Increasing Skirt Size Tied to Higher Breast Cancer Risk
A size increase every 10 years tied to 33 percent higher risk
THURSDAY, Sept. 25, 2014 (HealthDay News) -- For each increase in skirt size every 10 years, the risk of developing breast cancer after menopause could increase by 33 percent, according to research published online Sept. 24 in BMJ Open.
The findings are based on information from nearly 93,000 women enrolled in a British database for cancer screening. When the women entered the study between 2005 and 2010, all were over age 50 and none had a diagnosis of breast cancer. The women provided information about their height and weight, and details about fertility, family history of breast or ovarian cancers, and use of hormonal birth control and hormone replacement therapy.
Over three to four years of follow-up, 1,090 women were diagnosed with breast cancer. While risk factors such as family history and use of hormone replacement were linked with an increased risk, as expected, increases in skirt size emerged as the strongest predictor, according to the researchers. The risk of breast cancer increased 33 percent and 77 percent if skirt size went up one or two sizes, respectively, every 10 years from 25 until women were past menopause.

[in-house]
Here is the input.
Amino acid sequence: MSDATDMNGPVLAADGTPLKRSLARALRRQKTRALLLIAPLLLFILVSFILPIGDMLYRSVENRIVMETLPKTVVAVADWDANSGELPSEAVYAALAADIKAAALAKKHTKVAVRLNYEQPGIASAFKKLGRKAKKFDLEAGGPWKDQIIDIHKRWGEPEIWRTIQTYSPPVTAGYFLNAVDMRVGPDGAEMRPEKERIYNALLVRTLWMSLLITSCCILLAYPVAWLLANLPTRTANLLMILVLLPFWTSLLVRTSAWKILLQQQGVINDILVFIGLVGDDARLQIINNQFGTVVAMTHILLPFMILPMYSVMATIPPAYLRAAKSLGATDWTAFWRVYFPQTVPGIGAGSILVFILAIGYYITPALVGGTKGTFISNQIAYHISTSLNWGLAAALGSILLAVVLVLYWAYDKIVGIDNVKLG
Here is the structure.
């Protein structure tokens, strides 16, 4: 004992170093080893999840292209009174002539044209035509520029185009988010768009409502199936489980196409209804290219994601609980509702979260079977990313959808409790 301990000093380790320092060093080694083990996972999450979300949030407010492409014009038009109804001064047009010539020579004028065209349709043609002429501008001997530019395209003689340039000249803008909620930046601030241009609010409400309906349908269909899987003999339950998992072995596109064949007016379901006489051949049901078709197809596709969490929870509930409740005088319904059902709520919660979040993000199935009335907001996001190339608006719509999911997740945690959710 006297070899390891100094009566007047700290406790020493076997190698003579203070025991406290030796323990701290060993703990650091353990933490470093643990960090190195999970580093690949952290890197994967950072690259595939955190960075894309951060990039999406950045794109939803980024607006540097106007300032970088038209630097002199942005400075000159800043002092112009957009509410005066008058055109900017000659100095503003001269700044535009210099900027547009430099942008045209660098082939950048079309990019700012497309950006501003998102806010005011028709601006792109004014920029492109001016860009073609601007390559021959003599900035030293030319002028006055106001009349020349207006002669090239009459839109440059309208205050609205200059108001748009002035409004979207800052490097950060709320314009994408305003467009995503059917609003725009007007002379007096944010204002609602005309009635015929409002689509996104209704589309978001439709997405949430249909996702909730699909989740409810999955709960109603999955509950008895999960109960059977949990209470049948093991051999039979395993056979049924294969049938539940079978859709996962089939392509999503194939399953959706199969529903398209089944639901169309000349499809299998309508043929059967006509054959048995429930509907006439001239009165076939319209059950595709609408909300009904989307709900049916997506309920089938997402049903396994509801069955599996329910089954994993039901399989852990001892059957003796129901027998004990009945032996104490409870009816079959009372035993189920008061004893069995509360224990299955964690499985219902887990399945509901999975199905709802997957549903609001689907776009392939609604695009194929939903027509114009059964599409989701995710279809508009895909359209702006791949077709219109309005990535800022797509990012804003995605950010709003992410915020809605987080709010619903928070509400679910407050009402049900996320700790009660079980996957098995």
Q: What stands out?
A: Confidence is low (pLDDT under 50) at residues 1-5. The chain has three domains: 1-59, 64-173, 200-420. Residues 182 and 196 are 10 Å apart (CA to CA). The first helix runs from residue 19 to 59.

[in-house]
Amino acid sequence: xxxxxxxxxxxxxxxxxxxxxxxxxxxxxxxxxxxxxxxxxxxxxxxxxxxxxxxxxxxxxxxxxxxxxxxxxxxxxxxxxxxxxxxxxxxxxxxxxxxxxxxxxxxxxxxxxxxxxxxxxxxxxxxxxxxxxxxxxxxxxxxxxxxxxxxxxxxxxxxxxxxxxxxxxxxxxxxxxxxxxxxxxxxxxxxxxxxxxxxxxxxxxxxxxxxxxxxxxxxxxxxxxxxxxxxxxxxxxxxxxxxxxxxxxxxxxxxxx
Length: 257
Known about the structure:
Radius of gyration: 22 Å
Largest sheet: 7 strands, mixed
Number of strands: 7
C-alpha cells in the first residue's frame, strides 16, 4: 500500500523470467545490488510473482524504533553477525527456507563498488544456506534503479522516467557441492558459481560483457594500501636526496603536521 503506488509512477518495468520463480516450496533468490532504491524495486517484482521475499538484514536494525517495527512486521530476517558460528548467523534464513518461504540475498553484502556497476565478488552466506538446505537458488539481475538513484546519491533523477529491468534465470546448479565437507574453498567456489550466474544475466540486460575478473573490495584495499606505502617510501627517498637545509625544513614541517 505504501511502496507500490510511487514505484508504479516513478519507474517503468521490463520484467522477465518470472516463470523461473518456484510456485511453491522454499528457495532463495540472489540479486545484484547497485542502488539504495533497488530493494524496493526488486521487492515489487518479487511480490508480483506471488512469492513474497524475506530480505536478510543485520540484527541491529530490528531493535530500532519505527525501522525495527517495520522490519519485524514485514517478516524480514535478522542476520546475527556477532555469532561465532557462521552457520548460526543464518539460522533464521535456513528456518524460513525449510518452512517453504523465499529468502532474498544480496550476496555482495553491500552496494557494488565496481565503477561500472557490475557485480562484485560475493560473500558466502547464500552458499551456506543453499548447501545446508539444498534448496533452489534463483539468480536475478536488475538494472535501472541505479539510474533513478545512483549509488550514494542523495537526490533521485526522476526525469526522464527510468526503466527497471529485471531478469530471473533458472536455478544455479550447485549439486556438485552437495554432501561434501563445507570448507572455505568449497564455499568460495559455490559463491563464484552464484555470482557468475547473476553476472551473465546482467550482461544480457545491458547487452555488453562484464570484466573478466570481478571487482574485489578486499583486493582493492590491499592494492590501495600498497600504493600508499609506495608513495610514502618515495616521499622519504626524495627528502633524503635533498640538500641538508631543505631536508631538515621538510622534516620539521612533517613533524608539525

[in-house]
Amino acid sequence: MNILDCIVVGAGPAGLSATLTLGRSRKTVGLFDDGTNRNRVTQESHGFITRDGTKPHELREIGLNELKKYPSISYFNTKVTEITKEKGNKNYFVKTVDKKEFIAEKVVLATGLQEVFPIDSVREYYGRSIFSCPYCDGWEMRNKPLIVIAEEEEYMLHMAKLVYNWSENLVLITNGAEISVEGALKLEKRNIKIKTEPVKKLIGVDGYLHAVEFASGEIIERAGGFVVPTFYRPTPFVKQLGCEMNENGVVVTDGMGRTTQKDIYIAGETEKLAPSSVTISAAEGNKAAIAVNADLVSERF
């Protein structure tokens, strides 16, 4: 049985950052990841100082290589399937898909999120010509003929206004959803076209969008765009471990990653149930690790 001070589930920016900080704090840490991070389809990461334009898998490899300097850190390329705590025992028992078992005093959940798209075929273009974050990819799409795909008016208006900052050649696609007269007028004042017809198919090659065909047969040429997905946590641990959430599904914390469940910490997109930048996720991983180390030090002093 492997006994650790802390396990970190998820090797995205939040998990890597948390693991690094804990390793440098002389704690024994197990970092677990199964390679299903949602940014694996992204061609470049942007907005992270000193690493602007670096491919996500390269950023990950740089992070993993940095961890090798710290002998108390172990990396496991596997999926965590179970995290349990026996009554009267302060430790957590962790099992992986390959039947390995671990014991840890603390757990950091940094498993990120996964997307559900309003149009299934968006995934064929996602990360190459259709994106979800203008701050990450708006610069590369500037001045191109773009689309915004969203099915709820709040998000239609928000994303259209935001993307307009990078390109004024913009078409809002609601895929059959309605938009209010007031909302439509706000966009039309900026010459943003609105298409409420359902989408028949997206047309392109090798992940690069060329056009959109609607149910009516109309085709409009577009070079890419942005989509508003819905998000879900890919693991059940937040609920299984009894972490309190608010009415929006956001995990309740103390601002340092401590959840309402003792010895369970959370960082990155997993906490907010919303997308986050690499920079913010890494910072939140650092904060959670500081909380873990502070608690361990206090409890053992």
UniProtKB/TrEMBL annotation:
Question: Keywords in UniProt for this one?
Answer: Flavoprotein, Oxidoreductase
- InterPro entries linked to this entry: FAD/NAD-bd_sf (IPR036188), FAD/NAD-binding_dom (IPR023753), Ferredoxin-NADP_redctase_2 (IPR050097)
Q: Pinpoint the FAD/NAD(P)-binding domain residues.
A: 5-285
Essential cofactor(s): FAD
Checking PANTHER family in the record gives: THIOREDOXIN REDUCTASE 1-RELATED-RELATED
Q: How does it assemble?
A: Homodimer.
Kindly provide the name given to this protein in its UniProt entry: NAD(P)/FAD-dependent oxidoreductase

"Our study has shown that an increase of one size every 10 years between 25 and postmenopausal age [over 60] is associated with an increase of breast cancer [risk] in postmenopausal women by 33 percent," lead researcher Usha Menon, M.D., head of the Gynecological Cancer Research Center at University College London, told HealthDay. "Previous studies suggest that body fat around the waist is metabolically more active than fat tissue elsewhere in the body," she said. However, "this is an observational study and no definitive conclusion can be drawn about cause and effect."